Monday, June 29, 2009

OnFire #194 Feeling a Little Unglued

OnFire Encouragement Letter
OnFire #194 Feeling a Little Unglued

Hi Folks:

I’m beginning to realize that the start of summer will mean OnFire will be a little spotty for the next few months. Last week I was in Halifax on Thursday, when I would normally write. This week is abnormal, again, with Canada Day in the middle and two weddings to perform. Next week ought to be relatively normal, except that we’re getting ready for vacation Bible school, and then we’ll be part of our Convention’s youth mission called Tidal Impact ( After that we’ll be on vacation for three weeks.

I find that summer is a good time to reconnect with God. In some ways I find I have to be more intentional about things like Bible reading since my routine changes, but in other ways it is a spiritually refreshing time.

For instance, I often wake early and get up to read, pray, or write. While on vacation, I’ll go out in the canoe, taking the time to pray and sit quietly, something which is difficult in my normal routine. It feels good simply to sit in God’s presence, talk to Him, and enjoy His creation.

I always make sure we attend church when we are away. This goes back to a time about 10 years ago when we were travelling in Pennsylvania and I decided we should put some miles behind us rather than attend worship somewhere. At noon we pulled into a parking lot and as we got out of the car I looked up at a truck driver reading in the cab of his rig. This was really odd, since drivers are paid to drive and not to sit. I arranged my path to the restaurant so that I could see what he was reading and was surprised to see it was a Gideon New Testament.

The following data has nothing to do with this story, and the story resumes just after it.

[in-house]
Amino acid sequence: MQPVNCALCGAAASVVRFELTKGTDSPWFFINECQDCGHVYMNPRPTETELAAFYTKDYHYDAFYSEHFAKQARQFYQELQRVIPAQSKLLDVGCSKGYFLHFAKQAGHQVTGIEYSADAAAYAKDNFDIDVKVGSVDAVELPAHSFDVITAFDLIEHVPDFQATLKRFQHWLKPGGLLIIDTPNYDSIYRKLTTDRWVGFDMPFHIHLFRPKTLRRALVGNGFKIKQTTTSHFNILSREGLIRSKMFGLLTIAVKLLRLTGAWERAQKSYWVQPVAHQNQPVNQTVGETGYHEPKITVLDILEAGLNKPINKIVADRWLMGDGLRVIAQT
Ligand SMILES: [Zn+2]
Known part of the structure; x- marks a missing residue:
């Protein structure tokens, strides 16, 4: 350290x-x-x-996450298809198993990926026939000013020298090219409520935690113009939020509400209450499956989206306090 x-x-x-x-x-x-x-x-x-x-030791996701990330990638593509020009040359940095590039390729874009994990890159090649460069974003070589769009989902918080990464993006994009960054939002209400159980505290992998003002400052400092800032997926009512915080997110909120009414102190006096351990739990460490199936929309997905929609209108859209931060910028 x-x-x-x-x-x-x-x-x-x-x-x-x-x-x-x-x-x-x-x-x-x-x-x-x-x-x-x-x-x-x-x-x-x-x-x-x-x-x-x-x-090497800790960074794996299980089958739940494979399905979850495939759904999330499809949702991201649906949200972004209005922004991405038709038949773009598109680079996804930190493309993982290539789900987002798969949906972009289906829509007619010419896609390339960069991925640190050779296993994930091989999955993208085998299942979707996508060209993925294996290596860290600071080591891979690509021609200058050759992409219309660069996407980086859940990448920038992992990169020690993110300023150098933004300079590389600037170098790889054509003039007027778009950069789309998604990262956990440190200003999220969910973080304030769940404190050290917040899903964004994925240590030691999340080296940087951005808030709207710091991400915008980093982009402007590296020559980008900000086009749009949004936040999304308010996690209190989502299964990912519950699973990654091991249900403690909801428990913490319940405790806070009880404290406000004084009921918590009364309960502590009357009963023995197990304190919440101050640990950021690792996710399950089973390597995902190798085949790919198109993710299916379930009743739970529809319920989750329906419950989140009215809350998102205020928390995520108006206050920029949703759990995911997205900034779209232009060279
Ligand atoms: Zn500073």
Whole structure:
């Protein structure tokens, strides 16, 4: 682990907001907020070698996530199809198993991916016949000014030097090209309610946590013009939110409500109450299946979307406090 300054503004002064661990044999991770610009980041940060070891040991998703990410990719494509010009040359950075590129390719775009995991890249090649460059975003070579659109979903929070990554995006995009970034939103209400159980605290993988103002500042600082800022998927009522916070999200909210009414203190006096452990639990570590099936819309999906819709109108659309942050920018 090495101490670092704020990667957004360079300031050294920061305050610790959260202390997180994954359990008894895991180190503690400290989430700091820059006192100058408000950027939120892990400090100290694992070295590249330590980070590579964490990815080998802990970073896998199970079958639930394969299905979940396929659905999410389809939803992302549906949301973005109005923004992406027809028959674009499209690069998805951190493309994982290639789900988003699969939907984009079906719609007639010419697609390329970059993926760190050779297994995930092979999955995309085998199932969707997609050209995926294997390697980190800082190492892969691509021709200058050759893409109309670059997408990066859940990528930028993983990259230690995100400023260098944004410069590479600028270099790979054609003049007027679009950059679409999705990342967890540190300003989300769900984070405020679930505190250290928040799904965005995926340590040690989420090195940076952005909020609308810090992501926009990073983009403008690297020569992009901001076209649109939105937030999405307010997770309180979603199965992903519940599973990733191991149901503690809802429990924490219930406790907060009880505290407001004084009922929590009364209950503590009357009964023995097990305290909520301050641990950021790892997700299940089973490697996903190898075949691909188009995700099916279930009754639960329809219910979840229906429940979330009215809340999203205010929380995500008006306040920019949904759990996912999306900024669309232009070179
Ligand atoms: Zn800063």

His window was down and so I called up to him, excusing myself by saying that I couldn’t help noticing he was a reading a Bible. “Yes,” he said. “I became a Christian a few years ago, but I’m usually on the road on Sundays, so at 11am, I pull over and read my Bible, and pray and worship.” We chatted for a short time, and then I left feeling completely convicted about being away from worship that day. We could easily have found a church to attend.

Since then we make it a point always to attend worship on vacation. When we must travel on Sundays, we arrange to attend an early worship service or we find a church at which we can stop along the way. I know some pastors and people who consider it “time off” but I enjoy worshipping somewhere else. Sometimes we learn new songs we can bring back. Its neat to hear another preacher, and we meet people. I would encourage you to attend worship even on vacation.